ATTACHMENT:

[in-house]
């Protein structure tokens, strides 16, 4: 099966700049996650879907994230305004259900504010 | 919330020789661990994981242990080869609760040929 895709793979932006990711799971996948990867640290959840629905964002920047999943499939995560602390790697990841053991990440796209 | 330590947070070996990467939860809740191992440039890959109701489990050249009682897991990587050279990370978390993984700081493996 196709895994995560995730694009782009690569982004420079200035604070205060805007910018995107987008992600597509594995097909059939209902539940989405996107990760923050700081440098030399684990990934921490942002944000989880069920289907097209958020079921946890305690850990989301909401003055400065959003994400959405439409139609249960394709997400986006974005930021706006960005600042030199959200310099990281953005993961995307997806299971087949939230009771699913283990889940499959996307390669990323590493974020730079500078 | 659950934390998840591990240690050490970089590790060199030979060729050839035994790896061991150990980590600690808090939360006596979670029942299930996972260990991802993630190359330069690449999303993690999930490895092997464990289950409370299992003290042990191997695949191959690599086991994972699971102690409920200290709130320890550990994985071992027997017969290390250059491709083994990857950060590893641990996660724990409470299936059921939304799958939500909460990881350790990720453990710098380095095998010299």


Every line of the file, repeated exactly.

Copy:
[in-house]
């Protein structure tokens, strides 16, 4: 099966700049996650879907994230305004259900504010 | 919330020789661990994981242990080869609760040929 895709793979932006990711799971996948990867640290959840629905964002920047999943499939995560602390790697990841053991990440796209 | 330590947070070996990467939860809740191992440039890959109701489990050249009682897991990587050279990370978390993984700081493996 196709895994995560995730694009782009690569982004420079200035604070205060805007910018995107987008992600597509594995097909059939209902539940989405996107990760923050700081440098030399684990990934921490942002944000989880069920289907097209958020079921946890305690850990989301909401003055400065959003994400959405439409139609249960394709997400986006974005930021706006960005600042030199959200310099990281953005993961995307997806299971087949939230009771699913283990889940499959996307390669990323590493974020730079500078 | 659950934390998840591990240690050490970089590790060199030979060729050839035994790896061991150990980590600690808090939360006596979670029942299930996972260990991802993630190359330069690449999303993690999930490895092997464990289950409370299992003290042990191997695949191959690599086991994972699971102690409920200290709130320890550990994985071992027997017969290390250059491709083994990857950060590893641990996660724990409470299936059921939304799958939500909460990881350790990720453990710098380095095998010299």